Ontario’s system of Joint Health and Safety Committees (JHSC) at larger workplaces is due for a mandatory five-year review with stakeholders playing a key role in determining if there will be minor tweaks or a wholesale recalibration.
Carmine Tiano, director of occupational services for the Provincial Building and Construction Trades Council of Ontario, was quick to identify a number of problems with the system as it exists now. One main issue, he said, is that under the Occupational Health and Safety Act, JHSCs are only required for firms of 20 employees or more. Many construction firms or jobsites are small enterprises.
“Reviewing the JHSC standards is important,” Tiano said. “However, the reality is that it does not apply to many jobsites in construction due to firm size in the industry. Not many have a JHSC as they are too small, under 20 employees.”
Instead, said Tiano, the Chief Prevention Officer (CPO) should be looking at lowering the threshold where JHSCs are required and when health and safety reps are required.
Currently firms with six to 19 workers require health and safety reps, with employees of smaller firms relatively unprotected, he said.
Tiano argues firms of five or fewer workers in high-hazard construction sectors should have a certified health and safety rep.
The Building Trades also believe workers who serve as health and safety reps should have more protection from reprisals; and the CPO should consider safety audits of large and medium-sized construction firms, including reviewing the minutes of the JHSC in any firms that have had deaths or critical injuries to see if there are patterns.
“How many critical injuries and deaths were from workplaces that had no worker rep?” Tiano asked.
Bring it on, said CPO Dr. Joel Moody when asked about Tiano’s questions and many other potential issues that will be raised during the review. He welcomes stakeholders to review a consultation paper he has issued and submit comments by Nov. 7.
Moody, who celebrated his first anniversary on the job Sept. 15, said the review is part of the province’s commitment to ensure standards reflect the latest science and best practices.
“When we talk about a review of the standards, it’s going to be robust,” said Moody.
“We are looking at diverse sources of information, the academic literature, other program evaluation, coroner’s juries’ recommendations, of course data, stakeholder correspondence. There’s an entire gamut that we’re using as inputs into this review.”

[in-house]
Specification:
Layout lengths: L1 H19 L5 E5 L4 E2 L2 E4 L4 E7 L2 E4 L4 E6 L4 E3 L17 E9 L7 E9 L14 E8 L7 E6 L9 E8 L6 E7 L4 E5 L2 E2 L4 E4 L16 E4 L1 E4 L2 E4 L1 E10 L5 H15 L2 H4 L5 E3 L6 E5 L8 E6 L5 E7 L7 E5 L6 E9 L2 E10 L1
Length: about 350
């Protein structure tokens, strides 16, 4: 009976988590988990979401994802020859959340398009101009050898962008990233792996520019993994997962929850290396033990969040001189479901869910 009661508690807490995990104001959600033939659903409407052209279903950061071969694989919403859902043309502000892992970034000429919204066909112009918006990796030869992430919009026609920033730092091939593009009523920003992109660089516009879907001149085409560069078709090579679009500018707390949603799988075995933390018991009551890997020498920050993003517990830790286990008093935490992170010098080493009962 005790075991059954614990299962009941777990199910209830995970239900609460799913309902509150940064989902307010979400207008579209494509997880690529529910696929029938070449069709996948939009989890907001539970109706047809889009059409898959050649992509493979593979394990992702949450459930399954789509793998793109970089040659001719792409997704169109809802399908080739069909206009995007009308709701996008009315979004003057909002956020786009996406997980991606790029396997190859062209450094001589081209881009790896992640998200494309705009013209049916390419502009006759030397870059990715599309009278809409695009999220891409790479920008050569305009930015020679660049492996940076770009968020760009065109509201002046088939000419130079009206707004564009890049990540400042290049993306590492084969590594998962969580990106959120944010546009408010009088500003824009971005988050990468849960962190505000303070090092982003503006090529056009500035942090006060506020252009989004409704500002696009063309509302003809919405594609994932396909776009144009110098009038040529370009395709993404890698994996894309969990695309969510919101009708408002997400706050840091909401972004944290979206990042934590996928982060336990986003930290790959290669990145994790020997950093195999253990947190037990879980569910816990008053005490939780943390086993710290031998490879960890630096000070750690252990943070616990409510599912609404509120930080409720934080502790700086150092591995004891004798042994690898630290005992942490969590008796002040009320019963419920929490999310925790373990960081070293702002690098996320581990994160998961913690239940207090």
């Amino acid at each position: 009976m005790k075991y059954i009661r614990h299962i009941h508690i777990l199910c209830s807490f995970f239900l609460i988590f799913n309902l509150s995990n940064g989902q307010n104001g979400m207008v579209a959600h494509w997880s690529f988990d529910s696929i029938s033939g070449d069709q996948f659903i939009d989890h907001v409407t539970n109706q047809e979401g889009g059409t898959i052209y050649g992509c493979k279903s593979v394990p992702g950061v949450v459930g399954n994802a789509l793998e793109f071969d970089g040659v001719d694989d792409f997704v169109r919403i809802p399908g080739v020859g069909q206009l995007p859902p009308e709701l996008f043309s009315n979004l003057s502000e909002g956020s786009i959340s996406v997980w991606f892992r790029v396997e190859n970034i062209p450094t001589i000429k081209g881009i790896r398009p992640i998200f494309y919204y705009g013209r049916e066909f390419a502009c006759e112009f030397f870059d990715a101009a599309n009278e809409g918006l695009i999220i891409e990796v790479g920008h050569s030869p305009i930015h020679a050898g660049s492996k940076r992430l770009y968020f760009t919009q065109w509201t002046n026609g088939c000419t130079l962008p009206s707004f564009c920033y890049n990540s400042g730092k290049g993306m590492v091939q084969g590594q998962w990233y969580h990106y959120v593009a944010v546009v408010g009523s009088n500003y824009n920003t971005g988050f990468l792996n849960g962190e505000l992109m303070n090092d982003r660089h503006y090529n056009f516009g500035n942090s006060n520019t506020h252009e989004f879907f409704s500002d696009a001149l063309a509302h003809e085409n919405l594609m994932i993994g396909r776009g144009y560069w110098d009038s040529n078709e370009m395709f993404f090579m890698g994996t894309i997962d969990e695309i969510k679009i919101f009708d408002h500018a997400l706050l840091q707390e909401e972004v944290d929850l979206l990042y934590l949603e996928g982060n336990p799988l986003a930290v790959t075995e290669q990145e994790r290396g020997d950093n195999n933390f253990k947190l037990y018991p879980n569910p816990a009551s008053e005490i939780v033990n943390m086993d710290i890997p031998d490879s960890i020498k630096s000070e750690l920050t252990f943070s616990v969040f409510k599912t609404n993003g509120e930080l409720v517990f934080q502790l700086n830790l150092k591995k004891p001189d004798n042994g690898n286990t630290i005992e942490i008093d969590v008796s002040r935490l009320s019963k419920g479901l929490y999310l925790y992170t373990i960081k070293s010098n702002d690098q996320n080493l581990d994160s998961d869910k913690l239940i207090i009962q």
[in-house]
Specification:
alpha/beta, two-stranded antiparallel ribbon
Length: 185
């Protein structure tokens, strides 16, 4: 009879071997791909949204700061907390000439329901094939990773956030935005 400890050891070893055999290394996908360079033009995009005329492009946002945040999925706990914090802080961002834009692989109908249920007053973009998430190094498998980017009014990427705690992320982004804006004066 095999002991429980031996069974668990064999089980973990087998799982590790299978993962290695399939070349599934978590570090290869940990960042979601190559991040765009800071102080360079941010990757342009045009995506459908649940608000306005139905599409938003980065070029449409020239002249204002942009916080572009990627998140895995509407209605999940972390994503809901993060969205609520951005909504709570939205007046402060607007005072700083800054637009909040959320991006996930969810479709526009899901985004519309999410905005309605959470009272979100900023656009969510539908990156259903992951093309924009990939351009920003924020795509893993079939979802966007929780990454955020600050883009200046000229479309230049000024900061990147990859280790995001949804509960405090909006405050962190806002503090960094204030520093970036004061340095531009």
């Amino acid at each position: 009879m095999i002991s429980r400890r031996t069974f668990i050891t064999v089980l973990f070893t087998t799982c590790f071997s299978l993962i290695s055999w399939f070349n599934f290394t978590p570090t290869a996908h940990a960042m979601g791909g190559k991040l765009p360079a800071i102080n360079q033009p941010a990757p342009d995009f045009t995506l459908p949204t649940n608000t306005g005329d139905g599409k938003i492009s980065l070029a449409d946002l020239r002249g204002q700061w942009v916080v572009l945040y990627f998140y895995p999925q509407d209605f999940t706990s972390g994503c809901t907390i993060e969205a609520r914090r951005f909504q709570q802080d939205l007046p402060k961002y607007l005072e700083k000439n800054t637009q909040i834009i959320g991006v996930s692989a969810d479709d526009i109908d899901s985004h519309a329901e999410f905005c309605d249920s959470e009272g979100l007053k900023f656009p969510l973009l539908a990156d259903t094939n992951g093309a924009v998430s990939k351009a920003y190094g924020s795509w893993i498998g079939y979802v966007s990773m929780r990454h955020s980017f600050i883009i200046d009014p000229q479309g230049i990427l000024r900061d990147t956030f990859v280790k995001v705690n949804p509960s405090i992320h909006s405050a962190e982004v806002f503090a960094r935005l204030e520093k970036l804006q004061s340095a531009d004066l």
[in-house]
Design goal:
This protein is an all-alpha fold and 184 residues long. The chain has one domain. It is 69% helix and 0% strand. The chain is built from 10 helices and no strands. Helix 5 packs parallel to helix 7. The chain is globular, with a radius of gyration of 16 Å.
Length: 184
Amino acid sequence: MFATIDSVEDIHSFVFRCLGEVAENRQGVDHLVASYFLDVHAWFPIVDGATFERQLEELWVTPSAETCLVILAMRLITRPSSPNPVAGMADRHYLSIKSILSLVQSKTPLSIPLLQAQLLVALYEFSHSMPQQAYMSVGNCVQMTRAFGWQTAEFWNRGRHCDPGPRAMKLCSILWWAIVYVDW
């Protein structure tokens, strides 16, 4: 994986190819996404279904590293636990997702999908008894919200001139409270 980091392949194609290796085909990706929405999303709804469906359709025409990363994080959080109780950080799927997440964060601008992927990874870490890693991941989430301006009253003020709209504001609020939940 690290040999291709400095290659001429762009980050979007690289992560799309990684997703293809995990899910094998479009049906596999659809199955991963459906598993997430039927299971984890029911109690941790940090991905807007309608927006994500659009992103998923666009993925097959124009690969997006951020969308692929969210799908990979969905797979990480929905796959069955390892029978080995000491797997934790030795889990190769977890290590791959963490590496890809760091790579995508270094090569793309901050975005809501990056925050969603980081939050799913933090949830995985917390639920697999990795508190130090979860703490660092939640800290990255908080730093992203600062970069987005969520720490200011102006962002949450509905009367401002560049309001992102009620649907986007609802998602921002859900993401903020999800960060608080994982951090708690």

As for the Building Trades comments, Moody said, “If those comments are placed in this review that’s currently happening, my team will assess it, and we’ll take a look at them.
“The great reason why we go to our stakeholders is to get that type of input. Because the stakeholders are out there in the field every day and they have their observations…we need to help each other identify issues so we can come to the best solutions possible.”
The three criteria Moody is focused on as part of the review are that JHSC Certification Training Program and Provider Standards must remain “effective, relevant and up to date.” JHSC are at the very core of a healthy internal responsibility system, with employers and employees acting in concert, he said.
Ontario’s occupational health and safety system has evolved significantly since the last review, Moody said, especially given the pandemic.
During that time a lot of the training of JHSC members has been done online so the five-year review will study how that has affected program delivery.
In addition, society itself has changed with a more sophisticated understanding of the need to integrate diversity and inclusion into bodies like JHSC.
“We’ve heard that diversity, inclusion, anti-racism are very important values that need to be supported in the workplace. So, as part of the reviews, we’ve heard recommendations, how do we bolster those codes of conduct for training, to strengthen those commitments to anti-racism, to bolster those opportunities to have a respectful learning environment?”
Reviewing his first year in the job, Moody commented, “The surprise is just how vested all of the stakeholders are with improving health and safety. When you have such a great group of partners, you can move mountains, and that’s what we’re doing.”
He identified several main areas of focus during his first year in the job: introducing naloxone into workplaces, implementing the CPO’s strategic plan, improving use and evaluation of data, focusing more on occupational diseases, and co-ordinating studies of such issues as mental health, violence, harassment in the workplace and COVID recovery.
In sum, Moody said, his office attempts to preach active engagement and active listening — being proactive and preventative, the double Ps, he said.
“My door’s always open to have these discussions,” he said.
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